The Next Generation

Via Andrew Sullivan:

The next generation – Generation Y, the Millennials, the Net Generation – emerges, announces itself and declares its intentions this year.

I talk about these amazing, creative and post-partisan young people a lot in my work – their values, the way they work, their use of media, their learning styles. I usually explain that my role, and the role of my Generation X peers, is to act as translators and brokers between the Boomers and their Millennial children – transferring knowledge, power and capital to a new generation that will become the dominant force in our future. I know my place, and I have confidence in their abilities to fix the crap their parents have left in their wake.

SummerCamp: A Toronto Creative Mashup Event

summercamp.gifA series of happy coincidences conspired to give Toronto a great new event that’s taking off like a rocket! SummerCamp falls hot on the heals of CaseCampToronto7, CopyCamp2008, CIX and StartupCampToronto2, a major mid-week after-party that CommunityNorth calls “one camp to rule them all”.

This unusual convergence of open/unconference events all happening the evening of the 29th and CaseCamp steward Eli Singer’s booking of the amazing megaclub CiRCA presented an opportunity too good to pass up. Many thanks to CaseCamp sponsors comScore, Thornley Fallis, InterCom Search, Social Media Group, Pigsback.com, Segal Communications, FreshBooks and nextMedia for making the space available. Special thanks to Rob Hyndman|Hyndman Law for helping us pickup some extra expenses to make SummerCamp a reality.

Creative convergence happens on the dancefloor!

SummerCamp Dance Party

CaseCamp along with its sponsors transform CiRCA into ground zero for Toronto’s creative communities: art, design, communications, technology, media, social change and entrepreneurship. DJs, interactive art, and the closest friends you haven’t met celebrating their passion for participatory culture, creative practice and society.

Tuesday, April 29, 2008 9:00 PM – Close
CiRCA
126 John Street
Toronto, Ontario M4V 2E3
RSVP on the Facebook event.

Enjoy a late night party and a great lineup:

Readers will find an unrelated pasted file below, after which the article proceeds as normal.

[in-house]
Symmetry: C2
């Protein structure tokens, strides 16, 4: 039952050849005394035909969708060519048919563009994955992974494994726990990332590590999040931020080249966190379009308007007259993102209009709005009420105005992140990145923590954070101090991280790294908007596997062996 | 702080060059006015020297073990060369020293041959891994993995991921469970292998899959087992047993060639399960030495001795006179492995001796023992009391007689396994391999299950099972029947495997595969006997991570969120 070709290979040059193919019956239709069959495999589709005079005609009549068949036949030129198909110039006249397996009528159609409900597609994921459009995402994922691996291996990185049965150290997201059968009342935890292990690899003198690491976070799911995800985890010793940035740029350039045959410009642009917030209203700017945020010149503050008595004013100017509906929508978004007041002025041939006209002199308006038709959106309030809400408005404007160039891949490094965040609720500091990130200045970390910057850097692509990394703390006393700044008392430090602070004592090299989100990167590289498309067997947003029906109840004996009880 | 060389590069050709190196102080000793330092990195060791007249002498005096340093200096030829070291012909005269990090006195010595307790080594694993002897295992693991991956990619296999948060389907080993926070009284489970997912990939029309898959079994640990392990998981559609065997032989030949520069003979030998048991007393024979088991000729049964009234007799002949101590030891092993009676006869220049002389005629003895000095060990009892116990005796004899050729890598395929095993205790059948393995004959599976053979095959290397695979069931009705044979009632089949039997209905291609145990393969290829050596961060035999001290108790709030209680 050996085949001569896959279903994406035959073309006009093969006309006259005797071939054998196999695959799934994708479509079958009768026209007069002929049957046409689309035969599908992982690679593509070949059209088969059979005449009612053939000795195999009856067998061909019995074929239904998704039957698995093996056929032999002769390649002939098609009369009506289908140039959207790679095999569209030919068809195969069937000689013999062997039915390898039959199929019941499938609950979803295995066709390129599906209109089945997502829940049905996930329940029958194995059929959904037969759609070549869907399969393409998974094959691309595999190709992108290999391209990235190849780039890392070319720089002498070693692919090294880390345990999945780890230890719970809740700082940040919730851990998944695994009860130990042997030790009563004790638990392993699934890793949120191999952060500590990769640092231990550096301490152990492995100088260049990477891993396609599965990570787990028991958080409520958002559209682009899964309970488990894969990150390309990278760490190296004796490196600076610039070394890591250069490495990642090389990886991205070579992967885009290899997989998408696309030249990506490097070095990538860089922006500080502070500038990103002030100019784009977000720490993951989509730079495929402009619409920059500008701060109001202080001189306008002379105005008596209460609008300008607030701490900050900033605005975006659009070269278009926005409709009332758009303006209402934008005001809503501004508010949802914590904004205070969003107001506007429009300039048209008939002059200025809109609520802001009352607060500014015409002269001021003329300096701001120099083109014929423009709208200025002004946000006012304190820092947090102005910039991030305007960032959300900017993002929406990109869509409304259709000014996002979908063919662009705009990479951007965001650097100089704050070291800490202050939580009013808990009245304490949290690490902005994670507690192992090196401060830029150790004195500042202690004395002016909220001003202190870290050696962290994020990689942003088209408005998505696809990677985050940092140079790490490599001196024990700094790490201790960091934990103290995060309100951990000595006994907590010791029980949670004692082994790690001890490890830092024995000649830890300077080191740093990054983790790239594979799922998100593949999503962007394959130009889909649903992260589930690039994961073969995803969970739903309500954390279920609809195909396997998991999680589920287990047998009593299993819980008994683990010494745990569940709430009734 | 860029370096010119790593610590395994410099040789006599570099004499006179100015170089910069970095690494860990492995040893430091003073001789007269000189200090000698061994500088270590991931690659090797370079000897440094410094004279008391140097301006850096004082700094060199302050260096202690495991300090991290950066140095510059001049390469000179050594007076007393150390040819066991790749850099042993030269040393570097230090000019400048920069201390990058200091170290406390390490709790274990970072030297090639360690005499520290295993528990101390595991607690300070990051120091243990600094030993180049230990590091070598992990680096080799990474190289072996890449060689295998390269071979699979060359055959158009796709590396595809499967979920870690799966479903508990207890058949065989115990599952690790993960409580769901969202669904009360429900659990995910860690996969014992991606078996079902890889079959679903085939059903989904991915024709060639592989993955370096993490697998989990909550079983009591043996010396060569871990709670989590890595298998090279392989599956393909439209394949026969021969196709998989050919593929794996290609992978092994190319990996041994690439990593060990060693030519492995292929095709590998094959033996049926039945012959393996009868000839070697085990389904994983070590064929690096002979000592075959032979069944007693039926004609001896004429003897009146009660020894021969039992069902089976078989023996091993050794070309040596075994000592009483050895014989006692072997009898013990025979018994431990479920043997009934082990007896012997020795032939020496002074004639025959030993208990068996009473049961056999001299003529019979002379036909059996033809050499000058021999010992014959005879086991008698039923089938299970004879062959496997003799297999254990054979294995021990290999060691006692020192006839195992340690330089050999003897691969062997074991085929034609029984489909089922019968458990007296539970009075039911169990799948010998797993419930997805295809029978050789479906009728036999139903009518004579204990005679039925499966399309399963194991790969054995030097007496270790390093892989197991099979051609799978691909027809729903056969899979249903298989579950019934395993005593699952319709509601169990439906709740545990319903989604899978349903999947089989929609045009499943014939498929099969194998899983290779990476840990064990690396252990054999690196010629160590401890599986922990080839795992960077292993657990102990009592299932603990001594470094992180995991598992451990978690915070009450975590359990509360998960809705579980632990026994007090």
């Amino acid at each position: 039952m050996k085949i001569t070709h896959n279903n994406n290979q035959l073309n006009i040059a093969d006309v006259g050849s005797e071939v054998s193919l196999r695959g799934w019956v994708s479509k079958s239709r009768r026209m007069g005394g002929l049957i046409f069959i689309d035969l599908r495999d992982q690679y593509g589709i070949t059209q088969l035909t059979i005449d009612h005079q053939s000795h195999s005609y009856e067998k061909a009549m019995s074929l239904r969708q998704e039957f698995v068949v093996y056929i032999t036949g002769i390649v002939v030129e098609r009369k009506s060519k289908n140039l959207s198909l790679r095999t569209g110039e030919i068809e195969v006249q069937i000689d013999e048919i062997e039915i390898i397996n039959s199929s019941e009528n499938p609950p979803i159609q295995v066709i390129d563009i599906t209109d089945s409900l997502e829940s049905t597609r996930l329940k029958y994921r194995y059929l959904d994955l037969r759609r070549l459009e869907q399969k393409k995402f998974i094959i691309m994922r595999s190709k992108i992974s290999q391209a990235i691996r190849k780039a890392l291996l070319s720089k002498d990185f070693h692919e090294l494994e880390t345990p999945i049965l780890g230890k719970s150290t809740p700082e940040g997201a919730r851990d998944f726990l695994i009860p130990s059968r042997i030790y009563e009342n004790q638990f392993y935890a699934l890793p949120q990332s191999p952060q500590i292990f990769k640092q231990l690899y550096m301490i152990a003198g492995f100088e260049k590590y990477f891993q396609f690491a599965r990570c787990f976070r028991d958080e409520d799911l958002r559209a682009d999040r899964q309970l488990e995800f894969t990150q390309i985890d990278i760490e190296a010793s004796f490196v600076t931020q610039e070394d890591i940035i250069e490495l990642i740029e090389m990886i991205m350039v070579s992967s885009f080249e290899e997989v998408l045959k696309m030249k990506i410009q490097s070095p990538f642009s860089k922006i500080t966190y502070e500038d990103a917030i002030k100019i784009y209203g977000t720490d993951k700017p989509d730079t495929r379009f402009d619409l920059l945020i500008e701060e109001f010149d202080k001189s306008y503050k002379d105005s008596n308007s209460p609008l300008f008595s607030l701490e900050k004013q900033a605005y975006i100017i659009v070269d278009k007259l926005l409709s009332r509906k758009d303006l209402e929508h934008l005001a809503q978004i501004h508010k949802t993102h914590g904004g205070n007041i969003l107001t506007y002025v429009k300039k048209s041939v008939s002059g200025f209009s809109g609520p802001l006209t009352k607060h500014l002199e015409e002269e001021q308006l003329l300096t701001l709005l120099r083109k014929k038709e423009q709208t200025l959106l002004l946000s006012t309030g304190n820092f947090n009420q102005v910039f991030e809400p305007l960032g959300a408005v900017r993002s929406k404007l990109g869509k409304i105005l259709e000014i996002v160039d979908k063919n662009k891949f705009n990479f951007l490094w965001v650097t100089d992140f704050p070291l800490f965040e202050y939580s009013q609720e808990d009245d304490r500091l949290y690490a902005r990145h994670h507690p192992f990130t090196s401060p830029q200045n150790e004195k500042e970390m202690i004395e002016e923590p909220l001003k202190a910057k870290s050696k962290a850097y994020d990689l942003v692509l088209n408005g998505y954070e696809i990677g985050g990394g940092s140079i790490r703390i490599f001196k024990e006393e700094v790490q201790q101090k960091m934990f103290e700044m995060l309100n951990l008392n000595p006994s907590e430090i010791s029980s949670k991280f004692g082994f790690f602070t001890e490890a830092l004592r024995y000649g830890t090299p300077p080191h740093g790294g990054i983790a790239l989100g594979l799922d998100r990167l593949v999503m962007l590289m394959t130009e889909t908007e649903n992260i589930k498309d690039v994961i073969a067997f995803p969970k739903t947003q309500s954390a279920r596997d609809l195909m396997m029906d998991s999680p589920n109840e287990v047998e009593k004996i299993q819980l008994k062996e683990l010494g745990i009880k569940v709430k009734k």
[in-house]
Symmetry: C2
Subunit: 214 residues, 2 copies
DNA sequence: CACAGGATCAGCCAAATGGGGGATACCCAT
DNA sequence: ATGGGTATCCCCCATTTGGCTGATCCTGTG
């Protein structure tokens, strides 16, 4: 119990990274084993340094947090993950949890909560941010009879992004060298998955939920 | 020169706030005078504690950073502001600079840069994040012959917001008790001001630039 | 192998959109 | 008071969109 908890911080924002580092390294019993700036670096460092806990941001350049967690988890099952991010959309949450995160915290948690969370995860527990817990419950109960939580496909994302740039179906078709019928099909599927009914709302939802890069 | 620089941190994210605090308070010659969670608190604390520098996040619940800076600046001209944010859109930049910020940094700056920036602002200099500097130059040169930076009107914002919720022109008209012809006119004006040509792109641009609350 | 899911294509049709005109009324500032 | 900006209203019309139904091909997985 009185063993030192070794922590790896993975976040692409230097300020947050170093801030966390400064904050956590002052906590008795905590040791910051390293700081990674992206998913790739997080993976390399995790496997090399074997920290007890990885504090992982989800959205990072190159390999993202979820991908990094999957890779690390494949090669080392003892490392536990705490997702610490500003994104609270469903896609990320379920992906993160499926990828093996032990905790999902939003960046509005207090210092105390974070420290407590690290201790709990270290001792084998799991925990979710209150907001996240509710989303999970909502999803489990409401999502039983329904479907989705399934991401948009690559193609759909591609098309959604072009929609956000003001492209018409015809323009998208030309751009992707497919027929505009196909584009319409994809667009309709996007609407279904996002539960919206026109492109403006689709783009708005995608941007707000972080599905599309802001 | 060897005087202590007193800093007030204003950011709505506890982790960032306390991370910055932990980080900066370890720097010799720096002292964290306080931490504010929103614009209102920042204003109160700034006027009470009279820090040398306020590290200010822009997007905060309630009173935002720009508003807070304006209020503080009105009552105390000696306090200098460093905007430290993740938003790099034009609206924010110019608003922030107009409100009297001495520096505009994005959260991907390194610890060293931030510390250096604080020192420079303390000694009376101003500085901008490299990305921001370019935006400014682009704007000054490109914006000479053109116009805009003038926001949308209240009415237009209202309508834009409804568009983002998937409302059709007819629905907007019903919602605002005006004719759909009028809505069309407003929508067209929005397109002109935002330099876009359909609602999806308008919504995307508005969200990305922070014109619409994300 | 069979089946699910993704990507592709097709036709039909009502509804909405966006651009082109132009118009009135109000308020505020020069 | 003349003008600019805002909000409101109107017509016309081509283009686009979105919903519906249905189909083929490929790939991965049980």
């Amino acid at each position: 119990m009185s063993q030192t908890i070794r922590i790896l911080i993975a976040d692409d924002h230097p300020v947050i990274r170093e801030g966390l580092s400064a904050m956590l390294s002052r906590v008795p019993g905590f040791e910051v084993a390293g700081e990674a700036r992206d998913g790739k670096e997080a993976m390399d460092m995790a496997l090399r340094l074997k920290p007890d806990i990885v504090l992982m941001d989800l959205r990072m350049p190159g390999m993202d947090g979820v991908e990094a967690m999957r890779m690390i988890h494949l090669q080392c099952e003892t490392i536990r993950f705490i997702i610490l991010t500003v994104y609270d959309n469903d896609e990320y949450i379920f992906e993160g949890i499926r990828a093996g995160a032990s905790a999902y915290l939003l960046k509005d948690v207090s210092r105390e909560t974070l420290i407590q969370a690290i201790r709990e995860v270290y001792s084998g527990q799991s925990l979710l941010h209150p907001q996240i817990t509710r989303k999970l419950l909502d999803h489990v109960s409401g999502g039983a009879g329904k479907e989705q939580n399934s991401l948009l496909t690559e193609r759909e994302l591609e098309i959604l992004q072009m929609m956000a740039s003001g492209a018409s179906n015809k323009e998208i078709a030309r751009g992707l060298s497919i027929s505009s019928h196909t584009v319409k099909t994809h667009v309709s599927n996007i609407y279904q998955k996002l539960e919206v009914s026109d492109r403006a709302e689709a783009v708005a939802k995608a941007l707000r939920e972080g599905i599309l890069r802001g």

• Andrew McConachie (DJ Set)
  • Jimmy Blak (DJ Set)
  • Abdul Smooth (DJ + Visuals)
  • Gabe Sawhney (Interactive Visual Installation)
  • Newmindspace (Cool Stuff TBA)

Trust me, you won’t want to miss this. Book off the next morning and celebrate with Toronto’s emerging creative leaders who are remaking the city. A glance at the Facebook guest list shows one of the most exciting gatherings of creative change-makers and rabble-rowsers in town. Just some of the groups and communities represented:

CaseCamp, StartupCamp, CopyCamp, DemoCamp, PodCamp, FacebookCamp, SciBarCamp, Third Tuesday, Emerging Arts Professionals, ArtsScene, Mercer Union, The Movement, FlashInTO, CFC Medialab, Metronauts/TransitCamp, Centre for Social Innovation, The Overlap, The Beal Institute, VizThink, OpenCities/OpenEverything, Newmindspace, Trampoline Hall, Mobile Jam Fest, Spacing, BlogTO, Talk20 Toronto, WirelessToronto, Mesh, nextMedia, CIX, and many many more. (sorry, my linking finger got tired: Ed.)

Innovation. Creativity. Enterprise.

iStock_000002456857Medium[ICE08] A vision for Canada’s future in digital and interactive media and technology…

In 2018, Canada has embraced its role as a model power of digital innovation and become a key node in the emerging global network economy.

Accelerating technological change has altered human behaviour patterns and radically reduced the transaction costs of communication, negotiation and enforcement between and among firms and individual creators.